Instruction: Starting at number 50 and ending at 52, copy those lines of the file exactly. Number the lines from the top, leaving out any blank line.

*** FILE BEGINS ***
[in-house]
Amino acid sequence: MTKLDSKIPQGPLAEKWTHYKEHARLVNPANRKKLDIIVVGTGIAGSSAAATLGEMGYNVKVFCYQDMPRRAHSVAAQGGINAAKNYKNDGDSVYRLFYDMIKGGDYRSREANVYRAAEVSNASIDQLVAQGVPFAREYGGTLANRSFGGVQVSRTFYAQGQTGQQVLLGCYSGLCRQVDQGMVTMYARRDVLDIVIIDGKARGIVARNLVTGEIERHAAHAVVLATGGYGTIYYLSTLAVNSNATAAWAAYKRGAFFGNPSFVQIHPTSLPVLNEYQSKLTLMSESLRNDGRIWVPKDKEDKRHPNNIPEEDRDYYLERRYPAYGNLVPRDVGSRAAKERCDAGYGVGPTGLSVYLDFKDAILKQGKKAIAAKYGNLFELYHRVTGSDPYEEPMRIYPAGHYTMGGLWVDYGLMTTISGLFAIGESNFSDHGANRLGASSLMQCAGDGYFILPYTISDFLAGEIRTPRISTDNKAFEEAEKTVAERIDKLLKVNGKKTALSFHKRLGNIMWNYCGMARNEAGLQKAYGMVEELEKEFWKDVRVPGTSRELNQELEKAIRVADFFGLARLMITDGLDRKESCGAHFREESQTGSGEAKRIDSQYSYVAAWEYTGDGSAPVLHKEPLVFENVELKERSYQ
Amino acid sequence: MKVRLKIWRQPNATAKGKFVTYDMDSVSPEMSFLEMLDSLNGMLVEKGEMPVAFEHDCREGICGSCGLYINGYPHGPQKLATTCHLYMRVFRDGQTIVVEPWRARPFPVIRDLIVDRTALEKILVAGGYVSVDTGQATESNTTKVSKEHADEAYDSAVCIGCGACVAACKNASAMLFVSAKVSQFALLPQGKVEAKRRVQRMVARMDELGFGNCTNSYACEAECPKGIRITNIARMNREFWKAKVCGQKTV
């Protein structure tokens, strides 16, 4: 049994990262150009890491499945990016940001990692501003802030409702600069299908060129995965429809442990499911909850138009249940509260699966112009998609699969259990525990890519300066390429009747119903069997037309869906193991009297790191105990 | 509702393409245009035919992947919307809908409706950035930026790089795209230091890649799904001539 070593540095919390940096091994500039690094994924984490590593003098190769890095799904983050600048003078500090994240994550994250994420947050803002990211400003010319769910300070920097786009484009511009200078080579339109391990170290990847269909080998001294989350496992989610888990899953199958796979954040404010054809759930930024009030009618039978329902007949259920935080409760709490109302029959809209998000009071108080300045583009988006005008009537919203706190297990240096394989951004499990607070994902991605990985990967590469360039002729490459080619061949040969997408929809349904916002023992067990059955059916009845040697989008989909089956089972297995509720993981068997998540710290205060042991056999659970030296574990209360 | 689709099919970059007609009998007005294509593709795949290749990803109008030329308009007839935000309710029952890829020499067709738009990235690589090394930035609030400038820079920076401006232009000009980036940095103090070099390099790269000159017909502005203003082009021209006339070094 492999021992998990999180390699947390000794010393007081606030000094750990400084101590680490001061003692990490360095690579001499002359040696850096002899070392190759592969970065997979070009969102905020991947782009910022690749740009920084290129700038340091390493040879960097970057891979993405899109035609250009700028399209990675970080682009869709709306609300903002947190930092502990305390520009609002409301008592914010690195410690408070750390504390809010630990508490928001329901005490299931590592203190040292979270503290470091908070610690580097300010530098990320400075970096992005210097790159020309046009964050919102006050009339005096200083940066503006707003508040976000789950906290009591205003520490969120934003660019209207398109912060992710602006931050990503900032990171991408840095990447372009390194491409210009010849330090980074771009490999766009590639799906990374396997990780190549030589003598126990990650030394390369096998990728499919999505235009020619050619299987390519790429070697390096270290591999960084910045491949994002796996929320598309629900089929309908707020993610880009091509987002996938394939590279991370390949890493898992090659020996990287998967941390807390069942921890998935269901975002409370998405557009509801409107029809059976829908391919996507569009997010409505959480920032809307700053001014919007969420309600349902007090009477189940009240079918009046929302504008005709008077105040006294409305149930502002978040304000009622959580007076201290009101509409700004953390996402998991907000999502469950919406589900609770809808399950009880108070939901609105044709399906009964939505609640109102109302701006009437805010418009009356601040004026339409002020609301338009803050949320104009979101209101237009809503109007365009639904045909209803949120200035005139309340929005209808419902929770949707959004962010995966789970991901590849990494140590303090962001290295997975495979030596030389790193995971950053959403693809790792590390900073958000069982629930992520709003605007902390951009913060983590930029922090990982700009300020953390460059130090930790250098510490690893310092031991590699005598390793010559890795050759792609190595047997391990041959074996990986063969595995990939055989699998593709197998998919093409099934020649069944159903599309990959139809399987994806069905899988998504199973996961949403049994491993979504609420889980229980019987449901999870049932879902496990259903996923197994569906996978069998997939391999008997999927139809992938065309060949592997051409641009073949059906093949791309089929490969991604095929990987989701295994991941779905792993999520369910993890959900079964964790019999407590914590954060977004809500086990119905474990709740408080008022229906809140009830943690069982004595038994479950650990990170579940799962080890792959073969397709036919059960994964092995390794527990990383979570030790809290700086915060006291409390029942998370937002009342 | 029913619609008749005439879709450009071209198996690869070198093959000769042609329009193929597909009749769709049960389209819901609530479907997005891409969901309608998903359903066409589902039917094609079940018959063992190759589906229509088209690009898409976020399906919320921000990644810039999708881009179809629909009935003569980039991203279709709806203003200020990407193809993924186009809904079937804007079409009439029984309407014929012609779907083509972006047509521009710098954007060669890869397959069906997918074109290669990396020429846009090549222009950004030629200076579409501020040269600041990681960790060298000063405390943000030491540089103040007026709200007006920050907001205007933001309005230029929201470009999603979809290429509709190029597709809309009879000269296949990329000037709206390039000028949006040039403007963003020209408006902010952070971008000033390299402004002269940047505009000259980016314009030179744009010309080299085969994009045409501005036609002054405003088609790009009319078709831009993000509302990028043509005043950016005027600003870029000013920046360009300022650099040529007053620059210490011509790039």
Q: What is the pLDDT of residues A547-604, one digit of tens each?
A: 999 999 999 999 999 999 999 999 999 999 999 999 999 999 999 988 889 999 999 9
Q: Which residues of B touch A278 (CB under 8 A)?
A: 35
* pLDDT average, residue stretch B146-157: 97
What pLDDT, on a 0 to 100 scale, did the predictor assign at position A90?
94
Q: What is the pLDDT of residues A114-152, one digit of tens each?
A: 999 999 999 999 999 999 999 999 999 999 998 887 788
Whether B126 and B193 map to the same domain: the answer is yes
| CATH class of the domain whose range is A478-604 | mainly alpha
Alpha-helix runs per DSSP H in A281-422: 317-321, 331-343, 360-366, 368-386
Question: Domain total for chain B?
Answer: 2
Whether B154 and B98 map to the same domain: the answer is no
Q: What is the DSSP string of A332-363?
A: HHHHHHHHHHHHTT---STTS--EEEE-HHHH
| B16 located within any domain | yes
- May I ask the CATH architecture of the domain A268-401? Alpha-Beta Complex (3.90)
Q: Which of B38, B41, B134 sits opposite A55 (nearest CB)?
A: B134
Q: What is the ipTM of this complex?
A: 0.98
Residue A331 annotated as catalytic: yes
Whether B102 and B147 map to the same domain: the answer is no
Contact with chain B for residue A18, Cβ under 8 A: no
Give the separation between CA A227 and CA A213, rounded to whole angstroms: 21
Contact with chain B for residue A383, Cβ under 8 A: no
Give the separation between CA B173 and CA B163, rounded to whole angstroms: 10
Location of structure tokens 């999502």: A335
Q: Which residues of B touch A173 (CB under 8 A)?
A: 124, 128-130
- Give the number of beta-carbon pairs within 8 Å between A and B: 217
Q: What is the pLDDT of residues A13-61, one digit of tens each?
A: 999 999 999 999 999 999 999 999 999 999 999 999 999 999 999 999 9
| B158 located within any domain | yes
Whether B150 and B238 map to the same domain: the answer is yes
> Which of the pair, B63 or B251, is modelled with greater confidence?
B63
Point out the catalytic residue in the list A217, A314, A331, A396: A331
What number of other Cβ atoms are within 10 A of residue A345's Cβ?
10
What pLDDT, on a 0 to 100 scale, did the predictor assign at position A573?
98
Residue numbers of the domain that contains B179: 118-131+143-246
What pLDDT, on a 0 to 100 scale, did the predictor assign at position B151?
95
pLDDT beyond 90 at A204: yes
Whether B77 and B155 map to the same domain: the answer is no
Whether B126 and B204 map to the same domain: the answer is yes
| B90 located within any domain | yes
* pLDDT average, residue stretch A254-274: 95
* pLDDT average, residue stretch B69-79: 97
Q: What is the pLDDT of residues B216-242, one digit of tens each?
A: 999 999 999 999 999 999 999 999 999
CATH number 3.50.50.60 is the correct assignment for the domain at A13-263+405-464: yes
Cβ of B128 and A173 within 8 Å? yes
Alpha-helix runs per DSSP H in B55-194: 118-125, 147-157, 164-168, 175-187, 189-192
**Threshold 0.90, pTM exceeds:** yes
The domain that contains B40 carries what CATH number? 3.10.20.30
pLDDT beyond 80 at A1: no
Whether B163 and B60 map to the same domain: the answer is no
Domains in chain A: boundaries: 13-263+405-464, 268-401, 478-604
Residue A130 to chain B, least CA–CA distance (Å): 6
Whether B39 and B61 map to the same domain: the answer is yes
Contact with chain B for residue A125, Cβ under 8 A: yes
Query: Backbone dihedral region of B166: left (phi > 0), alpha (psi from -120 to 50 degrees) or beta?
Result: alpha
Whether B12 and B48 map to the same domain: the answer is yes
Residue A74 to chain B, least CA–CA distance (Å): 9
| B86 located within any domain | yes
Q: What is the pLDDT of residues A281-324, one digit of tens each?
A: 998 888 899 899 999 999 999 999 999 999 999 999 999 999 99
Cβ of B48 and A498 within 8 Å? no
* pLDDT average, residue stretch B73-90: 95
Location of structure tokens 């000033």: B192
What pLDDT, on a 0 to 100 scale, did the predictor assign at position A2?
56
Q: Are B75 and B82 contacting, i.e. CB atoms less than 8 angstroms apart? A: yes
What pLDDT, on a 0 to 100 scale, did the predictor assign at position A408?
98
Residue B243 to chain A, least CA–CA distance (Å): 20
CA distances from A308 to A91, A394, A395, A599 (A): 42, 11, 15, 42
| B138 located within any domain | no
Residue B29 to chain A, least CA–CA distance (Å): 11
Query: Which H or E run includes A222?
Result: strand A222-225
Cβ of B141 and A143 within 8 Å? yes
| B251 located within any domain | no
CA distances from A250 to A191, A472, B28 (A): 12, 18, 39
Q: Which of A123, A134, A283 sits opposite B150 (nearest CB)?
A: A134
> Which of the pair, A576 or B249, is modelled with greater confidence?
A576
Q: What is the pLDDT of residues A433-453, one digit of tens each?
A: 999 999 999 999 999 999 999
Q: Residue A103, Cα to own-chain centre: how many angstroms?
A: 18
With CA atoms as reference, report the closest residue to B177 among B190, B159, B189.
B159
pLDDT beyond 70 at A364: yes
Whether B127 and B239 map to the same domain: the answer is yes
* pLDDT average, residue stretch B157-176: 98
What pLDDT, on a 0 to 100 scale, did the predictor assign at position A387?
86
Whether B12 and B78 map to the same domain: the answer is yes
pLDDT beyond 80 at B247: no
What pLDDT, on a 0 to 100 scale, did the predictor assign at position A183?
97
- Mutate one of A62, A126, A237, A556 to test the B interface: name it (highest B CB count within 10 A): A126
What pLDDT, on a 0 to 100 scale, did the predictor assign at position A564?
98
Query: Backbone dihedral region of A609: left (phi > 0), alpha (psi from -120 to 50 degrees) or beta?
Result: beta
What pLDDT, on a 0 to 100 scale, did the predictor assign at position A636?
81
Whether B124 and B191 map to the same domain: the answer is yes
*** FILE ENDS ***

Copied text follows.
What pLDDT, on a 0 to 100 scale, did the predictor assign at position B151?
95
pLDDT beyond 90 at A204: yes